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One of the unexpected benefits of transcribing market research, and research interviews, is the amount of trivia I’ve picked up since starting to work for McGowan Transcription Services. I am not usually very good at retaining knowledge that I read. I am much more likely to remember visual things like faces and places. However, because audio transcription requires real concentration at all times, my listening skills have improved, as has my knowledge retention. I think, possibly, that my quest to hear what has been said, often requiring me to rewind and play back certain phrases frequently, until the penny drops, means that some bits of information have been indelibly imprinted in my memory banks.

One transcription project in particular had a real impact on me, not only because I now know a new word but also because it taught me something valuable.

I was transcribing an interview where the respondent worked in the ophthalmological field. Typing that word alone, now, without reference to spellcheck is quite satisfying, in itself, but I digress… He mentioned something called adult strabismus. If you’ve never hear the word, nor seen it, trust me when I say that it took several rewinds, playbacks and more to nail it. At the time, I had no idea what it meant, so I did an online search for the definition.

stra·bis·mus/strəˈbizməs/ Noun: Abnormal alignment of the eyes; the condition of having a squint.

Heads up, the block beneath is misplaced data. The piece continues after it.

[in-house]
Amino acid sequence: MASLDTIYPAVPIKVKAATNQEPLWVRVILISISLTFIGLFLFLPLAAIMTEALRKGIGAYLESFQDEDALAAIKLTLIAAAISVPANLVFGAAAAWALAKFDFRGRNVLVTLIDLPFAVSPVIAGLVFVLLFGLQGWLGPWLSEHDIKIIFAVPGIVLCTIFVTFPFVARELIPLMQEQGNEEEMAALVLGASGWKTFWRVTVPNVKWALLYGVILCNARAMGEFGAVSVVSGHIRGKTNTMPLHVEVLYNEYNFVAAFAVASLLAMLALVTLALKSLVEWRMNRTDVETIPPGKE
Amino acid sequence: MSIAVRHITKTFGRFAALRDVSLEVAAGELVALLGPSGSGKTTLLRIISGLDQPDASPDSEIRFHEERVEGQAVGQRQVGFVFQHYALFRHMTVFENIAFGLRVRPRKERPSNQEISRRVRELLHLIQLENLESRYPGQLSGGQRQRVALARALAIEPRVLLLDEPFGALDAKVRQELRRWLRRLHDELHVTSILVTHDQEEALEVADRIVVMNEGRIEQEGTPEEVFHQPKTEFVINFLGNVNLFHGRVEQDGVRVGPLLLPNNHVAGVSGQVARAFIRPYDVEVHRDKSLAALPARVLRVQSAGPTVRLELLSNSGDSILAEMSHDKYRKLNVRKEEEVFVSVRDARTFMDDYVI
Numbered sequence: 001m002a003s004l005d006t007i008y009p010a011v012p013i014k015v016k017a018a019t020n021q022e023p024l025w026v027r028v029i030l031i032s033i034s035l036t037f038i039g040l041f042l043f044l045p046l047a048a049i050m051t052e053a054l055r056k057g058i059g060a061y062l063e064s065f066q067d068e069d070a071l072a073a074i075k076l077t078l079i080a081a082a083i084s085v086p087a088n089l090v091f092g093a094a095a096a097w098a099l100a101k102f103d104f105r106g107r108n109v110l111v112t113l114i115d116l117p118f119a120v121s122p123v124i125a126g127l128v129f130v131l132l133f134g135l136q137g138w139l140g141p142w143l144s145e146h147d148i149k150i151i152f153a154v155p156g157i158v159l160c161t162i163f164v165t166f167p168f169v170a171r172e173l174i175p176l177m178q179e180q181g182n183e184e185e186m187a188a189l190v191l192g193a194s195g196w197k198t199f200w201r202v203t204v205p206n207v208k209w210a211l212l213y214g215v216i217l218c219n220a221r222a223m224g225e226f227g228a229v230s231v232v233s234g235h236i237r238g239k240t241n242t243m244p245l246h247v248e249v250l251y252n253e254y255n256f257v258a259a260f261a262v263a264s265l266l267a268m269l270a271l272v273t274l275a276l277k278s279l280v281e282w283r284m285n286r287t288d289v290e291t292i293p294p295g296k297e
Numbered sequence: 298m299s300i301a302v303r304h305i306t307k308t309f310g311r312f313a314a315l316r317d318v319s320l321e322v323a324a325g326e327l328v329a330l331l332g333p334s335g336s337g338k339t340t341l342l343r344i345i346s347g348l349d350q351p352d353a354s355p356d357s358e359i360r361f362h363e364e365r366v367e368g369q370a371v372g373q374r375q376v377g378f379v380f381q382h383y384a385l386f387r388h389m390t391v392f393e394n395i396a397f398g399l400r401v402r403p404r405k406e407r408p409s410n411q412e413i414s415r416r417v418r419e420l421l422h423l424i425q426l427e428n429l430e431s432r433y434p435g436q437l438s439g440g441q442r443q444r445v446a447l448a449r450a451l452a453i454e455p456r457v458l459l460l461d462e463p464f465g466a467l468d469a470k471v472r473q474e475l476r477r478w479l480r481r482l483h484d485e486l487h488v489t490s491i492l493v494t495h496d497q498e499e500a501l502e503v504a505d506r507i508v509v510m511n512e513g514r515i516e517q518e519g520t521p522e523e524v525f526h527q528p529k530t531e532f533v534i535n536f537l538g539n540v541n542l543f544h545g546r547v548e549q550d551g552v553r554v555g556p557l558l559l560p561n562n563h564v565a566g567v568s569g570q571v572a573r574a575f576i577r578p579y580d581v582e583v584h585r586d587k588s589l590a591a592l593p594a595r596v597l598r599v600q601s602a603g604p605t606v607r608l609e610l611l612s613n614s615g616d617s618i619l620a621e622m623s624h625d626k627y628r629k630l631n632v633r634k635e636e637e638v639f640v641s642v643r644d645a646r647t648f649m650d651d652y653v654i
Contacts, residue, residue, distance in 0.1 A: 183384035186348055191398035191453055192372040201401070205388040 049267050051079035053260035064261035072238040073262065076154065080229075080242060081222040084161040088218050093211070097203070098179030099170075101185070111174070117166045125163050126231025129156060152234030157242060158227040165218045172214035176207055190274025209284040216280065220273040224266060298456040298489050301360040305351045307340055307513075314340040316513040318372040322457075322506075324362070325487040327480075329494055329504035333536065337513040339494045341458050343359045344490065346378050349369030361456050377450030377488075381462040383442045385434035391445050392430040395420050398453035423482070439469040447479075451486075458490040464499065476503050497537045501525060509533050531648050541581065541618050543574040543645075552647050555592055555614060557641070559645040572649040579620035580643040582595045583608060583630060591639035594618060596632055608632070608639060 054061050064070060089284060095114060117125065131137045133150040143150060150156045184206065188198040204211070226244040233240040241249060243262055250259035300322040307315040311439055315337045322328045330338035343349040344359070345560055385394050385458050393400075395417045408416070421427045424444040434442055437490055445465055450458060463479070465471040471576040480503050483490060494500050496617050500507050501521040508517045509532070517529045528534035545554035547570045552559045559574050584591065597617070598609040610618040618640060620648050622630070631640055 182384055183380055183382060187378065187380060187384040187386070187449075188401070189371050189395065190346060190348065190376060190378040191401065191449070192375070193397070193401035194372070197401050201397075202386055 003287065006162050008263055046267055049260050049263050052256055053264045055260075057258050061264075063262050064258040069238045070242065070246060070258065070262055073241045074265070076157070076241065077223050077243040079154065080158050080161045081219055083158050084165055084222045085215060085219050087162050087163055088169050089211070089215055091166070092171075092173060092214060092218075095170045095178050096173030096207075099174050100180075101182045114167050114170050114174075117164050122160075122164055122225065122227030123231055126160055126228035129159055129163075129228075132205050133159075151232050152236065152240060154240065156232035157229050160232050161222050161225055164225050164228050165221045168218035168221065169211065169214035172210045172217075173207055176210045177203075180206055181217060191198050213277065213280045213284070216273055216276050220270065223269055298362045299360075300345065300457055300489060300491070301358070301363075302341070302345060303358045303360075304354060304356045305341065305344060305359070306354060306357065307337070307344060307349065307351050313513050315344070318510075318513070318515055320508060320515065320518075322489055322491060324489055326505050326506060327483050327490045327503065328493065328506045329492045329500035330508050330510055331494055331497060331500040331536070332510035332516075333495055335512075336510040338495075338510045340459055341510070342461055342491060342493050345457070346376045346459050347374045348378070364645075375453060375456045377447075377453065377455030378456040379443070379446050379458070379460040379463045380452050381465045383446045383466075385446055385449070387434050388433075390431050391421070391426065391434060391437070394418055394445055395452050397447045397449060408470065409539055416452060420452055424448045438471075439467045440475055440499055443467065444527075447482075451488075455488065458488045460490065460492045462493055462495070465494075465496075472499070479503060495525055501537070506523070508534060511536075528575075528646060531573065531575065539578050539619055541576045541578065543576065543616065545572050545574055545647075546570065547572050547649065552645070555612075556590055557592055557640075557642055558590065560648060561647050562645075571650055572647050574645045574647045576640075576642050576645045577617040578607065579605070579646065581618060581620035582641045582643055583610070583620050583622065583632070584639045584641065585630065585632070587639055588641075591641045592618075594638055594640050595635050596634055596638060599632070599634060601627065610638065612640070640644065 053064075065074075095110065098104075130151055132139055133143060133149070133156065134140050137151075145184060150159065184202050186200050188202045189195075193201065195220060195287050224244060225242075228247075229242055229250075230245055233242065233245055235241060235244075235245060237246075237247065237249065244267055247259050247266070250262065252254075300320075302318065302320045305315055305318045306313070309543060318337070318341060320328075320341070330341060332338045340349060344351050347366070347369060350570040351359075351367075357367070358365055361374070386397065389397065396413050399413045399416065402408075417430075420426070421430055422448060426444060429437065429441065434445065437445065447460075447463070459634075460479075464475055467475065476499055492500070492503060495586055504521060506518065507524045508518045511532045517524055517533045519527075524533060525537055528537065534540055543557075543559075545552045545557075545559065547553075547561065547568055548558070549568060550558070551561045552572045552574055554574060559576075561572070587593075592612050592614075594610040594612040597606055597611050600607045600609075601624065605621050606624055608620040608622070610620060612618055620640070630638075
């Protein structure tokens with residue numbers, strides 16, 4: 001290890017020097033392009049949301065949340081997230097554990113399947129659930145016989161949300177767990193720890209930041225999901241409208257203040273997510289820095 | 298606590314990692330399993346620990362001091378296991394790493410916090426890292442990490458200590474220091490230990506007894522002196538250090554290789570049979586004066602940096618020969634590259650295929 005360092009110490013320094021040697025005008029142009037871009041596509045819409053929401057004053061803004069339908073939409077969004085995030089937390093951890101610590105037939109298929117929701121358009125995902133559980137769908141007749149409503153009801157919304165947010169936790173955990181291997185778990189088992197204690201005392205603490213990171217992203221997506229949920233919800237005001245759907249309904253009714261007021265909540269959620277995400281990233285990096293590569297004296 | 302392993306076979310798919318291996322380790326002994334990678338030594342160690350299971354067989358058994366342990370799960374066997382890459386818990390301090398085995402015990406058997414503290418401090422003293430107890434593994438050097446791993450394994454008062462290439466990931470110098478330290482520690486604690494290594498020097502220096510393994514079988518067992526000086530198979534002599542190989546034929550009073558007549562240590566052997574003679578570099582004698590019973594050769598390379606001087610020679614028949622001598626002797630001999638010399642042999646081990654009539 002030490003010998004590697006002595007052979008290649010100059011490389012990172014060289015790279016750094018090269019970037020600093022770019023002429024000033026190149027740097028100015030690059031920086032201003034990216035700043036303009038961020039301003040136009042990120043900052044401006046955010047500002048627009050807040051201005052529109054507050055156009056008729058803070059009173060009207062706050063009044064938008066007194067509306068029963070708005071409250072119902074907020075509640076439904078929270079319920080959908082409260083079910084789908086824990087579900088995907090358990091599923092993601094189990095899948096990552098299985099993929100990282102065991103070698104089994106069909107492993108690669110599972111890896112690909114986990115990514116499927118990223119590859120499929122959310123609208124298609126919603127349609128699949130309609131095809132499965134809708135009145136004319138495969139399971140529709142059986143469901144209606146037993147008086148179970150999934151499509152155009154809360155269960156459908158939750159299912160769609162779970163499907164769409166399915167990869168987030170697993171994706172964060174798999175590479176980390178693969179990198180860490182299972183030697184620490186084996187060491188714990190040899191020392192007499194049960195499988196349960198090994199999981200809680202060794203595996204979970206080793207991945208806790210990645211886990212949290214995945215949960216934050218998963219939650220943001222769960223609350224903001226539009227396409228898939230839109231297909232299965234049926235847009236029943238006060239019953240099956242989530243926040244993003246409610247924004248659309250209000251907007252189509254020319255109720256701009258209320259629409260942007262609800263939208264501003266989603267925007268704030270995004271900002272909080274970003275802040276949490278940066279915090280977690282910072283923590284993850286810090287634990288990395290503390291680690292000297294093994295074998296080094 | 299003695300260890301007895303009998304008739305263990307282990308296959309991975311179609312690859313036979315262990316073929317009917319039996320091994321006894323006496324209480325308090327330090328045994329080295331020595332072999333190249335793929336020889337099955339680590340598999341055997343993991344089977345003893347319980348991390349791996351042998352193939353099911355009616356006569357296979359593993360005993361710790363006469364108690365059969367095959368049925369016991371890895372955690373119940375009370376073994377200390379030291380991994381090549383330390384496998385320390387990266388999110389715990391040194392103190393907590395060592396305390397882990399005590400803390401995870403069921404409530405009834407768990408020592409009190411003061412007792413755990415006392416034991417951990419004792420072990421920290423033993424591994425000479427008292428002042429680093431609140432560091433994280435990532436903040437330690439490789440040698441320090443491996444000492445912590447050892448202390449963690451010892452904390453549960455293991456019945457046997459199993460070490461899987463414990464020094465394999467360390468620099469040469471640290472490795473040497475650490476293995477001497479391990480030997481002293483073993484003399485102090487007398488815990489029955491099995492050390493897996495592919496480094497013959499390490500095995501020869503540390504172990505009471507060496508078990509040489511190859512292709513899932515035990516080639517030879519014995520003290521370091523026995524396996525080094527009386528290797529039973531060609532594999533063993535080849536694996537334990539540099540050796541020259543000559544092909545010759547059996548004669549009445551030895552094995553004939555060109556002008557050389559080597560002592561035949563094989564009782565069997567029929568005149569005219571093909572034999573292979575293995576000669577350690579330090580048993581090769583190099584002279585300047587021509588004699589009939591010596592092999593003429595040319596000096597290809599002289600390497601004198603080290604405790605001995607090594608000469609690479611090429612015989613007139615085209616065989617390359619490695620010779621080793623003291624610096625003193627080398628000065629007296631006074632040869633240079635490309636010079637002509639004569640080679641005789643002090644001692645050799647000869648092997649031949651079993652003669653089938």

Synonyms: squint

If that isn’t trivia enough, I’ll share two more transcribing insights on strabismus. The first is that contrary to popular opinion, it is easily rectifiable in adults. The second is that studies show that people applying for jobs who have strabismus are discriminated against! Sometimes I need reminding of just how lucky I am and often, it is whilst providing digital transcription services that I have my eyes opened!

The cherry on the top of this newly acquired transcription knowledge came at the tail end of 2012. I was watching University Challenge, waiting anxiously for MasterChef: The Professionals to come on when Jeremy Paxton asked what the term strabismus is. I was out of those starting blocks, my hand in the air, waving frantically, yelling, ‘Squint.’ The absolute added bonus was that none of the eight contestants knew the answer. I don’t usually watch but if I do I think the average number of answers I know is one, and of course it is normally the one that everyone else in the room knows too. My husband isn’t quite as taken with my increasing general knowledge as his hearing is still recovering and we’ve not yet managed to coax the cat out from under the sofa permanently!

Still I am chuffed with this unexpected bonus of providing digital transcription services to McGowan Transcriptions.

Blog by Laurian Kerr